Using math to better treat cancer

Using math to better treat cancer

Researchers at the University of Waterloo have identified a new method for scheduling radiation therapy that could be as much as 22% more effective at killing cancer cells than current standard radiation treatment regimens.

While many mathematical studies have examined how to optimize the scheduling of radiation treatment for maximum effectiveness against cancer, most of these studies assume “intratumoral homogeneity”—that is, that all of the cancer cells are the same. In recent years, however, scientists have realized that tumors are made up of many different kinds of cells. Most importantly, they include cancer stem cells, which are more resistant to radiation than other kinds of cells.

“The problem with any calculation involving cancer is that it’s super hard to get exact values because things vary from cancer type to cancer type, patient to patient, even within the tumor,” said Cameron Meaney, a Ph.D. candidate in Applied Mathematics at Waterloo and the lead researcher on the study.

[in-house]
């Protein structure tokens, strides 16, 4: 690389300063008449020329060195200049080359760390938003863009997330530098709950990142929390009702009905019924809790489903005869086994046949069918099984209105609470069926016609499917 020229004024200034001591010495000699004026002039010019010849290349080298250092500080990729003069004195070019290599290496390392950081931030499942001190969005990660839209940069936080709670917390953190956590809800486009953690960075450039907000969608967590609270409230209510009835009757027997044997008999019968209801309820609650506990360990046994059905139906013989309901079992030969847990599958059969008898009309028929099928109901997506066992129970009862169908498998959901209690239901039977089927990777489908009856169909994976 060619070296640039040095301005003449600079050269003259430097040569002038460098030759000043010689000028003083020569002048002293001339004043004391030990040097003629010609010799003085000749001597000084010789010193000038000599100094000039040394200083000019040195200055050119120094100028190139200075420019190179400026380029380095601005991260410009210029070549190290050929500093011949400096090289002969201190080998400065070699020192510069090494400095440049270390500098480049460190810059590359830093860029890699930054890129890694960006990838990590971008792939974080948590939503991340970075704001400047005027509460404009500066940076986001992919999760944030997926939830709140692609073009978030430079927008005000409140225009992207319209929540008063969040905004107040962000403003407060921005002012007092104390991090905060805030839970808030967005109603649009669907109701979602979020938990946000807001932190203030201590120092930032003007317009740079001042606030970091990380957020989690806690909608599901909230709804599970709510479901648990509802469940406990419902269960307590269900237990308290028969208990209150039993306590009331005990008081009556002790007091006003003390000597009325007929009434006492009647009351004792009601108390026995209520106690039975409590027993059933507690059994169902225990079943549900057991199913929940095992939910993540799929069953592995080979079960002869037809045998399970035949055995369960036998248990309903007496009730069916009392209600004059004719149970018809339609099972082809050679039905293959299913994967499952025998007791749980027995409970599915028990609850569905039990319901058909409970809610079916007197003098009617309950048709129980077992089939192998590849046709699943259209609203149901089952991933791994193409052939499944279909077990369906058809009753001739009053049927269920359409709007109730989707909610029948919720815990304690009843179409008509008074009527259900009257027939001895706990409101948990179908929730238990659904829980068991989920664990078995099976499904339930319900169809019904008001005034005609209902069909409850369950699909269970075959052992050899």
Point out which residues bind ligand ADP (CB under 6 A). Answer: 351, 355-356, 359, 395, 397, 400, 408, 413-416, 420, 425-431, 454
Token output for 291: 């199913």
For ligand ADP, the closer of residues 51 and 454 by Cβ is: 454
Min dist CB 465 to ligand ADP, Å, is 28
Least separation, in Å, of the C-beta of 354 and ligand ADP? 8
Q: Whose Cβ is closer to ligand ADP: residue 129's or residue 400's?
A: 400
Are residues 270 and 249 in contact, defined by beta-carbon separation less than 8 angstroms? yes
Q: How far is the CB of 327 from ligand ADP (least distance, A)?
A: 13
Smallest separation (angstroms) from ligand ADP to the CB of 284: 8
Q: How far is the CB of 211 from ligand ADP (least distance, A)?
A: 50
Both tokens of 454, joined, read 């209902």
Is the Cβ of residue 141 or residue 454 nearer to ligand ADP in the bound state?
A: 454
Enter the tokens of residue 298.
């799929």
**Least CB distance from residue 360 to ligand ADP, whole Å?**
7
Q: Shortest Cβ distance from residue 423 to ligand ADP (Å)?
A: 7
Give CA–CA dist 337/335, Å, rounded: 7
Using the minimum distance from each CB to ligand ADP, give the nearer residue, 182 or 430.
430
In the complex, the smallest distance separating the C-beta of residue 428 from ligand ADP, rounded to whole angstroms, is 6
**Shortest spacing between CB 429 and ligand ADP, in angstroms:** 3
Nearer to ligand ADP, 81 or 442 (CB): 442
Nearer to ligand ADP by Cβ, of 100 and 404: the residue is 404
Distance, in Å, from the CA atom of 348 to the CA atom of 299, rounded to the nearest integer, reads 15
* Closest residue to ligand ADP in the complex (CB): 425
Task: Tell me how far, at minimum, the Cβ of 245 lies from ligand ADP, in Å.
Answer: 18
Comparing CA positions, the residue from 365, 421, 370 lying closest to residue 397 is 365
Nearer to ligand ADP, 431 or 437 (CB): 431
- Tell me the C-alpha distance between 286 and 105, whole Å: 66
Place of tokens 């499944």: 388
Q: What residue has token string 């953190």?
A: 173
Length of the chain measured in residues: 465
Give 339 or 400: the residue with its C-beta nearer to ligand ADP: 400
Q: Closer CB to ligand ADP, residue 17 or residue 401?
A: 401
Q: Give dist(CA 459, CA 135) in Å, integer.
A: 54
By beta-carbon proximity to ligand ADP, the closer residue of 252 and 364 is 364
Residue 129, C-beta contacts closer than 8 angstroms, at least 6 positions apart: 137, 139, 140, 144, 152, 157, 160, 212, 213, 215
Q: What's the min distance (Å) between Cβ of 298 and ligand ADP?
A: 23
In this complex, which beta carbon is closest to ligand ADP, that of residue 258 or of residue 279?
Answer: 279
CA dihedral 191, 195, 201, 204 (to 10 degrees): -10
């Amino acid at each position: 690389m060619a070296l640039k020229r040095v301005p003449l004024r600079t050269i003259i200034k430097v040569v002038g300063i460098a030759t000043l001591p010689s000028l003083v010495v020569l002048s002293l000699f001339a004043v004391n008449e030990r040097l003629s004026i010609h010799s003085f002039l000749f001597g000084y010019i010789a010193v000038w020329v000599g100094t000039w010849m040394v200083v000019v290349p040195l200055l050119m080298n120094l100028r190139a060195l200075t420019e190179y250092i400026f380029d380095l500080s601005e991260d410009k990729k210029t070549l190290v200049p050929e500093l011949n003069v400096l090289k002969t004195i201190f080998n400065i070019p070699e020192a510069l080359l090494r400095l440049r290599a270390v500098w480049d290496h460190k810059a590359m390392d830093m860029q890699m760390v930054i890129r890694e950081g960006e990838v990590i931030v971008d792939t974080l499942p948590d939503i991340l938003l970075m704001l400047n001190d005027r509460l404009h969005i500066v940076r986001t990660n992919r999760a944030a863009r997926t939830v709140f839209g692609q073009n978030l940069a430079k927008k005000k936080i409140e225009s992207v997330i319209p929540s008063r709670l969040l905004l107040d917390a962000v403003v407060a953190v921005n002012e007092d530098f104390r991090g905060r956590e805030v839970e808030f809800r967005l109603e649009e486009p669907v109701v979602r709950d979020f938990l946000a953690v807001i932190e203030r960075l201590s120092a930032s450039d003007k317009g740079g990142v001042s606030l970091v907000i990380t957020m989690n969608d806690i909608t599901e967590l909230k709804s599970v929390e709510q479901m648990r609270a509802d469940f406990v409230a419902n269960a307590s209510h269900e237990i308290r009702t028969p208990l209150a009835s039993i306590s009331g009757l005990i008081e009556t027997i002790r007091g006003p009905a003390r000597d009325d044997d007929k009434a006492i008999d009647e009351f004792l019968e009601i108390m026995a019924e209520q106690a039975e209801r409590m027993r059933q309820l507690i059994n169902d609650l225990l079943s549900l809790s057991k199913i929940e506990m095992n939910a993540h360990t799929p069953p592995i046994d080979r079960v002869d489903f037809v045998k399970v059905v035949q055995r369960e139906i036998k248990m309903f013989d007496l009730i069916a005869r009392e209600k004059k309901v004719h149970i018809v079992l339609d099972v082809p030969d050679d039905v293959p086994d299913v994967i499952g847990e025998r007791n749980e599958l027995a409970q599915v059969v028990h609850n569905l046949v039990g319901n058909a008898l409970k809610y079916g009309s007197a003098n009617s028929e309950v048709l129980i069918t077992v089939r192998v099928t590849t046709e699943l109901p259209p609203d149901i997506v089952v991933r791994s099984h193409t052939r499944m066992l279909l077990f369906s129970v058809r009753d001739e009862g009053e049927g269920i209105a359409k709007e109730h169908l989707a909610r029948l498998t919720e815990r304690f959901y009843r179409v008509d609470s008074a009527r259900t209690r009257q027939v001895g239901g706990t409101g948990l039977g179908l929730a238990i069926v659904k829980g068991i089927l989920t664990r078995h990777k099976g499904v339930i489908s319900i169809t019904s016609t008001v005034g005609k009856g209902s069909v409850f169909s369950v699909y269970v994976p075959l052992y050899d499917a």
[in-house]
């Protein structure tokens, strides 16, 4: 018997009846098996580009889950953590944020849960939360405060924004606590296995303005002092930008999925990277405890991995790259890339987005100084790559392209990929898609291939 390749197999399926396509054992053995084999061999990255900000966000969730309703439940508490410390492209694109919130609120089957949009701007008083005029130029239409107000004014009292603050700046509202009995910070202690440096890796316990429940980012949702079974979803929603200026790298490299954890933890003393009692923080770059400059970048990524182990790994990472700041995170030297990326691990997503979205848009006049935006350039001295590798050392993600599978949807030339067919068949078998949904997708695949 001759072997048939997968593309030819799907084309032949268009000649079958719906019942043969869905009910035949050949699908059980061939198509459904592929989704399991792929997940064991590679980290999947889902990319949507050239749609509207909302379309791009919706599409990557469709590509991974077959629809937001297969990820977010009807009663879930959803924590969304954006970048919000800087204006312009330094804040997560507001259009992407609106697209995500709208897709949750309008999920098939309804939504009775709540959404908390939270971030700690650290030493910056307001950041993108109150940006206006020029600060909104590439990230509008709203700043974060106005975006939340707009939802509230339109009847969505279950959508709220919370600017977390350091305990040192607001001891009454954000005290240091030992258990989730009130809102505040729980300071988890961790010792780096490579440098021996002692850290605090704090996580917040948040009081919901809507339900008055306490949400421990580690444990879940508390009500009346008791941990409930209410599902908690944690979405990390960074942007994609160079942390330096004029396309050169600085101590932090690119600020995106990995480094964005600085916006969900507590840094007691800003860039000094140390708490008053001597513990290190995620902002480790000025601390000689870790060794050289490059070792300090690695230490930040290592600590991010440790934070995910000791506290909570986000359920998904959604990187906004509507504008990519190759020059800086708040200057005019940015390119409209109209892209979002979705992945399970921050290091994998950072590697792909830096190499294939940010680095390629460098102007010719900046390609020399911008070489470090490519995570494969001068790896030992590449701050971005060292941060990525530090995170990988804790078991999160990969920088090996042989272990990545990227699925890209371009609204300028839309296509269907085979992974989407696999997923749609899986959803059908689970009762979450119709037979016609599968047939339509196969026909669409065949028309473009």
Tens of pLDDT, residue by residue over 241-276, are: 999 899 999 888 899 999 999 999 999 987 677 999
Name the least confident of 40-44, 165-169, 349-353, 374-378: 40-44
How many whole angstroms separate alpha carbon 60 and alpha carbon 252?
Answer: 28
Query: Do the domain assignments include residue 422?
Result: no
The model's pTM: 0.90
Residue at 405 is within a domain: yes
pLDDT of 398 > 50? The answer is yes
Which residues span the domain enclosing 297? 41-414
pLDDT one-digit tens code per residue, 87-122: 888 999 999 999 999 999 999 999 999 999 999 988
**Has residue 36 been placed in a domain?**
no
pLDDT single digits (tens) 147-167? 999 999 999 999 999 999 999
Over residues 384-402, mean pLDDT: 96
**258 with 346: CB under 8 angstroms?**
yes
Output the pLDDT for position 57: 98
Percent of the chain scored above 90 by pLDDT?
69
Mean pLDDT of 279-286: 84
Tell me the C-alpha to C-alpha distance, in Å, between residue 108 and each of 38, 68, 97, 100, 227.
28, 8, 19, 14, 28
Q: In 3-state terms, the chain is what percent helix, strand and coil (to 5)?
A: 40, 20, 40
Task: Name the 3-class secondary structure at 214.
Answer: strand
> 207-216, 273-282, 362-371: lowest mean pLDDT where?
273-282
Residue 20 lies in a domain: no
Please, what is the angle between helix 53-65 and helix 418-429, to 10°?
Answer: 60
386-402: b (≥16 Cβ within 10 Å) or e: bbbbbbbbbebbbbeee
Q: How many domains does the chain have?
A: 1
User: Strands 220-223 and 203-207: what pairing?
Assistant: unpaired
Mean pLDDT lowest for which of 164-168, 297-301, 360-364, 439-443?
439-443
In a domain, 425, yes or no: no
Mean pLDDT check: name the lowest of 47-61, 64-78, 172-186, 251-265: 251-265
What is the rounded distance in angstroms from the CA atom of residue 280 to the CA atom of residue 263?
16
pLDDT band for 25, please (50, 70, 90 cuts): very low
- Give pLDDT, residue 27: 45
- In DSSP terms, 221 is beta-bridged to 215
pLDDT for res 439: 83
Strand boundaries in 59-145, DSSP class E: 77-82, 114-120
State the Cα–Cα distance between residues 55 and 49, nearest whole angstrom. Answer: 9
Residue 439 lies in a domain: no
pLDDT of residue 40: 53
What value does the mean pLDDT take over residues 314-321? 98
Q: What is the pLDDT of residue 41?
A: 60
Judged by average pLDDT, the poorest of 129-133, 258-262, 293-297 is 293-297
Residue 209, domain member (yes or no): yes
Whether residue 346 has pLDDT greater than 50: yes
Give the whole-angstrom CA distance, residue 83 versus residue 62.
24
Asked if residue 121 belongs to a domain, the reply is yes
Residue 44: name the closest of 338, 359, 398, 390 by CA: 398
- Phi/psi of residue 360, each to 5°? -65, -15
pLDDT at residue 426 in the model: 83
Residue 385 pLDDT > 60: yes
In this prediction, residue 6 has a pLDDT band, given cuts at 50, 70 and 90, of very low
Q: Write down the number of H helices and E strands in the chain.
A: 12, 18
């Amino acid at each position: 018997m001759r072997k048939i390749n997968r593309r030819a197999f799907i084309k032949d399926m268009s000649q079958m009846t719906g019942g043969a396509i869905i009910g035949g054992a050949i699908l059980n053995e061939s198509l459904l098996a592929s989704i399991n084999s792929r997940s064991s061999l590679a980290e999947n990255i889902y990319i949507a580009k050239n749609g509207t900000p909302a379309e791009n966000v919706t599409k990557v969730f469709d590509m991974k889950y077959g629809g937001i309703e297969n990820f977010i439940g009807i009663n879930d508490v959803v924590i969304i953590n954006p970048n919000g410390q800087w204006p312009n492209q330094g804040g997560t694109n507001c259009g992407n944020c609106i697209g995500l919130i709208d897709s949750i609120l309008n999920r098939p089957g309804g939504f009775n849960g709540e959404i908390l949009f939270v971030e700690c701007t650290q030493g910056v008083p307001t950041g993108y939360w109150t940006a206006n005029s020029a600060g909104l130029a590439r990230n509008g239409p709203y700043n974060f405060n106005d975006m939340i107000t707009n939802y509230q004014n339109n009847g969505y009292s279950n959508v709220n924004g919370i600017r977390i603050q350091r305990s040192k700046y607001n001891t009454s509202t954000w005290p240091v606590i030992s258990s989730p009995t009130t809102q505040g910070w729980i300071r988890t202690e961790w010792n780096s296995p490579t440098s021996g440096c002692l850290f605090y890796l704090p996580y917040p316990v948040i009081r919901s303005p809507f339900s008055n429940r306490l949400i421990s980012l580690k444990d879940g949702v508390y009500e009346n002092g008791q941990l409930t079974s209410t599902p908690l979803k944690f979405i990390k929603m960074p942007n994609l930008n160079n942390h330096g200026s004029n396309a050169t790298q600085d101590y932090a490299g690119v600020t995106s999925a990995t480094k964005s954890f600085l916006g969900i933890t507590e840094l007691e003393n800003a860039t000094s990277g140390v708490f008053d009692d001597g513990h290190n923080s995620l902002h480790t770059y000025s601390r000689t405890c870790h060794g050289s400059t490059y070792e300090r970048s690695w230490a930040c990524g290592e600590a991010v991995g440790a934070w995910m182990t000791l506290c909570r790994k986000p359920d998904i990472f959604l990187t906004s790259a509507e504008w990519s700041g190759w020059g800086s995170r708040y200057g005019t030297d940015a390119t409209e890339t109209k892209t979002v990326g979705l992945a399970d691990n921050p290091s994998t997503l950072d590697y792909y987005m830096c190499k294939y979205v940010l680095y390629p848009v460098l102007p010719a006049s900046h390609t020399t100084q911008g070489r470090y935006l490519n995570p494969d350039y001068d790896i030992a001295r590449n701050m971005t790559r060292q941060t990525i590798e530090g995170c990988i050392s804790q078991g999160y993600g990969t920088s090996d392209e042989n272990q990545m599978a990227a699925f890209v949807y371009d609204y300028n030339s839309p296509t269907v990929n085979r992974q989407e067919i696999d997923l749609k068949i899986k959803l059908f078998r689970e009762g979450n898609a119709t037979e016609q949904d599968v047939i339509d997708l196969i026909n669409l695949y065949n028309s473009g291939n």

This new algorithm can generalize the differing radiation resistances of stem cells and non-stem cells, allowing doctors to predict how a tumor will respond to treatment before gathering exact data on an individual’s cancer.

The model has limitations, Meaney explained, as tumors contain far more than two kinds of cells. What it does, however, is provide clinical researchers with a better starting point for treatment research.

“The results of the algorithm are important because they shed light on the idea that heterogeneity in tumors matters for planning treatment,” Meaney said.

The next step the researchers hope to see is an application of their algorithm to clinical studies: will their suggested therapy schedule outperform existing scheduling practices in a lab trial?

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